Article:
China’s log imports in 2017 totaled 55.43 million cubic metres valued at US$9.927 billion, a year on year increase of 14% in volume and 23% in value. The average price for imported logs was US$179 per cubic metre, a year on year increase of 8%.
Of total log imports, 2017 softwood log imports rose 13% to 38.38 million cubic metres, accounting for 69% of the national total, a 1% decline on 2016 levels. The average price for imported softwood logs in 2017 was US$134 per cubic metre, up 11% on levels in 2016.
New Zealand still the top source of logs – New Zealand was the main log supplier to China in 2017 accounting for 26% of total log imports. Imports from New Zealand totaled 14.36 million cubic metres in 2017, a year on year increase of 19%.
The second ranked supplier of logs was Russia at 11.27 million cubic metres, accounting for about 20% of the national total. In 2017 a year on year increase of just 1% was recorded for log imports from Russia. Average prices for imported logs both from New Zealand and Russia rose 12% and 9% respectively in 2017.
Source: ITTO Tropical Timber Report
Te Kapunga Dewes will join PF Olsen Ltd, the Rotorua headquartered company as CEO. Mr Dewes has a strong background in forestry and wood processing and for 7 years was the NZ General Manager for Contract Resources, a substantial firm servicing the energy sector. He has a degree in Forestry from Canterbury University, and an MBA with distinction from Waikato University.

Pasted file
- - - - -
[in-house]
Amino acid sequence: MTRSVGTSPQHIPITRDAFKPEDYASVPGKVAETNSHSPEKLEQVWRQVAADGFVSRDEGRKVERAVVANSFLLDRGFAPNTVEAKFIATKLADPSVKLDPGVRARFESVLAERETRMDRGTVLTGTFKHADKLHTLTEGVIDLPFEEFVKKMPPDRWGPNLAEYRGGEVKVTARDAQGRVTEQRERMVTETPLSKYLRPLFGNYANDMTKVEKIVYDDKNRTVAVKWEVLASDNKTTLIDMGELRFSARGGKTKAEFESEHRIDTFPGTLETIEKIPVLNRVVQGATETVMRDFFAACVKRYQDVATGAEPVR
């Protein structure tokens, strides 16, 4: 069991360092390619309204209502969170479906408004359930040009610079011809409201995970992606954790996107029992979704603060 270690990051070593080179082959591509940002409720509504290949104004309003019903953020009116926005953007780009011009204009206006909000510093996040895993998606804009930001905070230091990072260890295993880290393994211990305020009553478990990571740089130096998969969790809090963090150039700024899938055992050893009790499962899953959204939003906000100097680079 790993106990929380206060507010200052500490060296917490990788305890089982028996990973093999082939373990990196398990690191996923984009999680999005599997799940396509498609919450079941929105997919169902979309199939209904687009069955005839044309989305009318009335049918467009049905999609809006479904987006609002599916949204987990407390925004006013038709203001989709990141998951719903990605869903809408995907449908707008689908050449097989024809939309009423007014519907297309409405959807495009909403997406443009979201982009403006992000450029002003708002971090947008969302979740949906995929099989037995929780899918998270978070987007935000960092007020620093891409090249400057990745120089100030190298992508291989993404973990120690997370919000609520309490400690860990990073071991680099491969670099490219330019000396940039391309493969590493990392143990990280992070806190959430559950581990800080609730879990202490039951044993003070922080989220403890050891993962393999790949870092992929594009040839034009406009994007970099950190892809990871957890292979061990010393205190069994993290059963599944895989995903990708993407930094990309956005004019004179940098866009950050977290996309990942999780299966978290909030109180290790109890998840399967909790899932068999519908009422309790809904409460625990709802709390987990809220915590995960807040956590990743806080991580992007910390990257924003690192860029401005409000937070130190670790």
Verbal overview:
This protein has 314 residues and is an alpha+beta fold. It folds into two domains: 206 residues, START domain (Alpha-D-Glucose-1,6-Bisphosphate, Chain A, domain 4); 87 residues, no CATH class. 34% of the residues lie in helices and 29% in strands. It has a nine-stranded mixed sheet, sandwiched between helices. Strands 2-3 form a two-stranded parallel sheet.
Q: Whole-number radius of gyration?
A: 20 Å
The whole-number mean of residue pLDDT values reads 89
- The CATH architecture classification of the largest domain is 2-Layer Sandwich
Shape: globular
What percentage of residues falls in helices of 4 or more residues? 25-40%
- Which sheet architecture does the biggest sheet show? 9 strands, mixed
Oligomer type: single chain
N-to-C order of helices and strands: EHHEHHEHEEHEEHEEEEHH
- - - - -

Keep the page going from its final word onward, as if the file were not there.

PF Olsen has 200 staff and employs hundreds of contractors servicing forest establishment and harvesting operations across Australia and New Zealand. The company was founded in 1971 by the late Peter Olsen. Peter Clark joined it in 1979 and became CEO in 1999.
Mr Dewes will be just the third CEO in the 47-year history of the firm. He joins at a time when the forest industry is in a growth phase. There is an expanding harvest profile based on extensive plantings during the 1990’s and recognition that planting more trees is a cost effective domestic response needed to meet New Zealand’s international climate change commitments.